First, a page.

"Although recognizing the Indiana Constitution directs the General Assembly to establish a general and uniform system of public schools, we hold that it does not mandate any judicially enforceable standard of quality, and to the extent that an individual student has a right, entitlement, or privilege to pursue public education, this derives from the enactments of the General Assembly, not the Indiana Constitution," he wrote. "We conclude that the framers and ratifiers certainly sought to establish a state system of free common schools but not to create a constitutional right to be educated to a certain quality or other output standard."

To dismiss the case, justices relied on Indiana Trial Rule 12(B)(6) that permits dismissal for failure to state a claim upon which relief can be granted.

Justice Robert Rucker dissented, saying that he doesn't know if plaintiffs would prevail at the trial court level on the merits or survive summary judgment, but that to "say in effect that plaintiffs have not presented a justiciable issue is simply wrong in my view."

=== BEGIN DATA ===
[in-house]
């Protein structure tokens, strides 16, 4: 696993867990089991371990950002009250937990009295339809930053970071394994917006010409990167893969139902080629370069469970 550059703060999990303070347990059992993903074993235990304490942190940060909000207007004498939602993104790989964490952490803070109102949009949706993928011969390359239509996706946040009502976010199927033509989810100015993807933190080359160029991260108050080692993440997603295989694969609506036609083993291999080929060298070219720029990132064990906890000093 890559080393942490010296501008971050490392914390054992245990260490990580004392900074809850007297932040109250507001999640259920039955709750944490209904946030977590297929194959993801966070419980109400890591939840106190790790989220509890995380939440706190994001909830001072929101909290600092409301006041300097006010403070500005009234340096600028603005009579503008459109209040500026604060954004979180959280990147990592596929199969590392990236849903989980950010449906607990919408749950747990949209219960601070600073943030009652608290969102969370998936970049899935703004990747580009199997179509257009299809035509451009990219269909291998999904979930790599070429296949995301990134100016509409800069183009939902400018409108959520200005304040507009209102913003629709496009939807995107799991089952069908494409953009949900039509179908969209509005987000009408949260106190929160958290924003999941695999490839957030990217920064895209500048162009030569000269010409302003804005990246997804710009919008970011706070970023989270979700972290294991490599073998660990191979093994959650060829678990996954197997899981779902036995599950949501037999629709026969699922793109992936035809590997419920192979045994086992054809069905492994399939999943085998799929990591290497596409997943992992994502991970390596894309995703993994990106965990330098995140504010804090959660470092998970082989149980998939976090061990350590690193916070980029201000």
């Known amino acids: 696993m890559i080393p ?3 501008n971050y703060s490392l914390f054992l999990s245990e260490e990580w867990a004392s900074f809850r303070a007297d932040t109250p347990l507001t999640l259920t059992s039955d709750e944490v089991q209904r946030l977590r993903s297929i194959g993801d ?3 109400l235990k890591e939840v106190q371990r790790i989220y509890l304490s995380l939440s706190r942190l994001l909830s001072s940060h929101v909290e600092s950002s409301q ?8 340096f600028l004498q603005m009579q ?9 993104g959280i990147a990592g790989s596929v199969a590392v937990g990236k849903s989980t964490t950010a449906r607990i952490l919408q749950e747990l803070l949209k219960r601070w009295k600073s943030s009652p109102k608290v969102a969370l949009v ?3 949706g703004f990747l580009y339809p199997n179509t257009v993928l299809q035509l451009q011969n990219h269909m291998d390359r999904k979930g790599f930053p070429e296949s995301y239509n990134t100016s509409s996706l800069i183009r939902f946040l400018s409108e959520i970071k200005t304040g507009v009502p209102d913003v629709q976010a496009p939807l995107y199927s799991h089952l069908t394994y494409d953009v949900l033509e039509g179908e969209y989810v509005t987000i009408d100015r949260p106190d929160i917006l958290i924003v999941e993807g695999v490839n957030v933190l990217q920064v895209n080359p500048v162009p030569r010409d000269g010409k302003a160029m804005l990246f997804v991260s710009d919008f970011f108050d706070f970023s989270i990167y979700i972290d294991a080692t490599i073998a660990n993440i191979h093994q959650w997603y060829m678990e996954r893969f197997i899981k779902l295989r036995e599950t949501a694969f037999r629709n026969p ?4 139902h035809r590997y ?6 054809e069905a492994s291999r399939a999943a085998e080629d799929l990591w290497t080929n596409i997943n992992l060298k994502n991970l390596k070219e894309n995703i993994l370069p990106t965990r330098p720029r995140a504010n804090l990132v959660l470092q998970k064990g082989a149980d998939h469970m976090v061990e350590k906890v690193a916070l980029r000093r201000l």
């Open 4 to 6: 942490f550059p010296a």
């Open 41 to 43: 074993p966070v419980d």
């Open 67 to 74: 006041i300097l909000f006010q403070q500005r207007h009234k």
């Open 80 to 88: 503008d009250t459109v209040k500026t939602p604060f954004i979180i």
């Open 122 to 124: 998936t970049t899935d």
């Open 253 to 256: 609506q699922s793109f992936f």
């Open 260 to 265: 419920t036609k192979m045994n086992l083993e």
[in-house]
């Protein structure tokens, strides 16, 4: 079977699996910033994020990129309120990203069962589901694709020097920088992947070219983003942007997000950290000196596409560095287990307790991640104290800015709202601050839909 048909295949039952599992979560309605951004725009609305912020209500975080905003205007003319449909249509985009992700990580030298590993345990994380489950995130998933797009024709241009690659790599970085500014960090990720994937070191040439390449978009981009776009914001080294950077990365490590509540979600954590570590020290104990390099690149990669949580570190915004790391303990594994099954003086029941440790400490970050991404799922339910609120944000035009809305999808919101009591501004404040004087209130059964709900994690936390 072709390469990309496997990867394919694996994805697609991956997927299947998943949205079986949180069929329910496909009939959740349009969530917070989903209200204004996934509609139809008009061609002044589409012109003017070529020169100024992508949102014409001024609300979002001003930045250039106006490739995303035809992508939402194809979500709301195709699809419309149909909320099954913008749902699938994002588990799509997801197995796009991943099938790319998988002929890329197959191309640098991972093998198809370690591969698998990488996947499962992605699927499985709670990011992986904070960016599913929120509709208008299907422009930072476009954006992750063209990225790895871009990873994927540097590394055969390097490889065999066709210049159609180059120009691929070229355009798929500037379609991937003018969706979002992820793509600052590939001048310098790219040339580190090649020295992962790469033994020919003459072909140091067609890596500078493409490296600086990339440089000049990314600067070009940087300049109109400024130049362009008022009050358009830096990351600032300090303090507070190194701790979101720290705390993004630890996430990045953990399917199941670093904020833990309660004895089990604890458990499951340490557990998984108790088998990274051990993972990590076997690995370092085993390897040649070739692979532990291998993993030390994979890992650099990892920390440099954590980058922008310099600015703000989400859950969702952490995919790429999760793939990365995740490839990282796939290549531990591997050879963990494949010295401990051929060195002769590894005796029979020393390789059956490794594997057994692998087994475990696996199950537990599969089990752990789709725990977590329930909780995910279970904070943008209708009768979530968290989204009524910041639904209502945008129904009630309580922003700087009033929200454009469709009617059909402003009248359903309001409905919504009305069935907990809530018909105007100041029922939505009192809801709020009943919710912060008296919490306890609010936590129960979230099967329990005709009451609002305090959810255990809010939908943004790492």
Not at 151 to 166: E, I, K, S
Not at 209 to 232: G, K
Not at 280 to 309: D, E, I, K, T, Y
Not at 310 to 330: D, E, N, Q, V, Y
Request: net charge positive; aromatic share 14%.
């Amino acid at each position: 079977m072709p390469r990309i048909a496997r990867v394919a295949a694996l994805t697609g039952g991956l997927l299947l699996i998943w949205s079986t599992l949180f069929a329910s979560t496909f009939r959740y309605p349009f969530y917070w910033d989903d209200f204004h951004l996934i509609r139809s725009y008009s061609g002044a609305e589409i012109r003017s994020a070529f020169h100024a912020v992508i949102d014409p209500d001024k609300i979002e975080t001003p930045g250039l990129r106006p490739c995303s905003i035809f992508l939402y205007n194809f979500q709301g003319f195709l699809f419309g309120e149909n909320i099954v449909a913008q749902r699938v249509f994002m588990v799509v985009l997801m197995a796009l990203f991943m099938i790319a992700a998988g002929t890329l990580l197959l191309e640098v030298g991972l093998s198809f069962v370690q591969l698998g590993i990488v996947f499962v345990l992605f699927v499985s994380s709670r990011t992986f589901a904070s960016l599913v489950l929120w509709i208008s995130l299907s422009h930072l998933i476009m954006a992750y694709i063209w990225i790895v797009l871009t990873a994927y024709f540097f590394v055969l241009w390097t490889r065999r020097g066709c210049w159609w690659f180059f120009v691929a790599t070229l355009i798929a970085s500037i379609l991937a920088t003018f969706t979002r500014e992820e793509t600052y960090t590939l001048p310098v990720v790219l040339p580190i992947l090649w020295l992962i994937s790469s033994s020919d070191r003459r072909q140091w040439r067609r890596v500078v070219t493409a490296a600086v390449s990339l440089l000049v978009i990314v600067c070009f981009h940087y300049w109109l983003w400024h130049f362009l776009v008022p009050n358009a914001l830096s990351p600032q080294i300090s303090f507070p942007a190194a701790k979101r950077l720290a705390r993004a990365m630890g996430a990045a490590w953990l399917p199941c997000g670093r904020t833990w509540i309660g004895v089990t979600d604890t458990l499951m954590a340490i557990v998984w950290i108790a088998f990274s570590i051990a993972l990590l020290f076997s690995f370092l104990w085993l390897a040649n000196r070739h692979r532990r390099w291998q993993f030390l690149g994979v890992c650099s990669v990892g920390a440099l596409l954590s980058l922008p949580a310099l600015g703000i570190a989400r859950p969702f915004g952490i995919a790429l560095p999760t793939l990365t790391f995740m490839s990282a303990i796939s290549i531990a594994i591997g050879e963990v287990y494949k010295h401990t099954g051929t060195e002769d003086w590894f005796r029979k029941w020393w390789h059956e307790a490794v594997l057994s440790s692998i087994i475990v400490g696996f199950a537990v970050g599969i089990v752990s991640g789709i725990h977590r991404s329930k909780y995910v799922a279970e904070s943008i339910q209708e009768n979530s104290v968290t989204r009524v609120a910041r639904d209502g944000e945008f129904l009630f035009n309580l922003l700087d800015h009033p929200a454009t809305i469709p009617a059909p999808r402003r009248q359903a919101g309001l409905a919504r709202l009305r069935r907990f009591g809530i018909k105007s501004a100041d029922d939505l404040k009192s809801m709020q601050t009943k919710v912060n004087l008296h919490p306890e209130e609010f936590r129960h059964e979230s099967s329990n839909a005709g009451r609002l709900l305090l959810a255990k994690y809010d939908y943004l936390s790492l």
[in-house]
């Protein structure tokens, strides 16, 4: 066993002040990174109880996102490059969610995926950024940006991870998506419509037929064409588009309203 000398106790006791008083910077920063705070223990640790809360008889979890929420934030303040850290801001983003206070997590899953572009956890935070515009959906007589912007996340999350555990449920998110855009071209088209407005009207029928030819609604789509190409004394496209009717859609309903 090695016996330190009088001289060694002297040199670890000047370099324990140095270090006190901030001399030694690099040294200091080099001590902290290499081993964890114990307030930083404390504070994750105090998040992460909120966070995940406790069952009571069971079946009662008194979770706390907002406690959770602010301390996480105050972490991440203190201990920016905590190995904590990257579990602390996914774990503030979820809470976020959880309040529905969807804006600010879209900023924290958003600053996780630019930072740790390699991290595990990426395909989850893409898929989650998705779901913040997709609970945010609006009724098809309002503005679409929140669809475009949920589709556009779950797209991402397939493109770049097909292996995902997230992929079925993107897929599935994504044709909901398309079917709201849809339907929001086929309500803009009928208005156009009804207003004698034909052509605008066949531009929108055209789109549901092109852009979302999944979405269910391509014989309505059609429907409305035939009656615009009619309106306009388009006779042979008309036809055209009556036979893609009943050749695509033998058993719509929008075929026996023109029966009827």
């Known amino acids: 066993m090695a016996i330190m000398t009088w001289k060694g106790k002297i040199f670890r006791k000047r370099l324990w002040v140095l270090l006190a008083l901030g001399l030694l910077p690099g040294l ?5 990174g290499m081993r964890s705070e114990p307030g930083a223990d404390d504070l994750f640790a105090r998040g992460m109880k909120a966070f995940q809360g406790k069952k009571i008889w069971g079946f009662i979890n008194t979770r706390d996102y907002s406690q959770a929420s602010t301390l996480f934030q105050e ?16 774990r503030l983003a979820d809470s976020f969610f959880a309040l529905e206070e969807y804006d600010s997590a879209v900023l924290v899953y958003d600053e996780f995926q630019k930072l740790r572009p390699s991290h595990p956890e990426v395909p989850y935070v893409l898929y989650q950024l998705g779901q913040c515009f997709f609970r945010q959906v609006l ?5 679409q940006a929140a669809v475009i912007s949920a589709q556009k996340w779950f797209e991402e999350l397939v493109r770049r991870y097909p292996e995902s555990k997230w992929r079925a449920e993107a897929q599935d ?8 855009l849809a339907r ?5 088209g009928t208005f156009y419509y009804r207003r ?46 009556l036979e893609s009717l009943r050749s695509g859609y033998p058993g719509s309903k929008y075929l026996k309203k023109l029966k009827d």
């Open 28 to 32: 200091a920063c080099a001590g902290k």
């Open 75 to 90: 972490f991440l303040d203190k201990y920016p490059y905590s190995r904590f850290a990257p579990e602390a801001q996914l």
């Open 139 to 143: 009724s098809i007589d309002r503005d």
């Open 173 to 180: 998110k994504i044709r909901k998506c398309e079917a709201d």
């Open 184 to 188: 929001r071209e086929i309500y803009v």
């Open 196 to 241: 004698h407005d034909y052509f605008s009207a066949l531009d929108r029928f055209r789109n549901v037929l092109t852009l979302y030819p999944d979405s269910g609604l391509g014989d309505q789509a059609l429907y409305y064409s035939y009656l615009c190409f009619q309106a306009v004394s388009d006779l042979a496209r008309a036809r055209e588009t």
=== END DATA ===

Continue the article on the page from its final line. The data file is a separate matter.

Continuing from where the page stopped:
In his own concurring opinion, Justice Theodore Boehm agreed with Justice Rucker and noted that this provision does create a judicially enforceable standard that courts are able to analyze. But he ultimately agreed with the majority in writing that "the claim that our present system is inadequate is simply too amorphous for judicial resolution."

"In sum, the problems of Indiana's system of funding public schools may be as severe as the plaintiffs allege, but I see no reasonable prospect of a judicial remedy that would be effective and properly balance the many considerations involved in redesigning the state's educational system," he wrote. "The most the courts could order would be to direct the legislative and executive branches to go back to the drawing board and try again to construct an improved and constitutionally acceptable system of common schools. Because we are unable to articulate any clear or even vague direction as to what standards to apply in that endeavor, the courts should acknowledge that adequacy of education, like the level of taxation, is a matter the Constitution reserves to the legislative branch."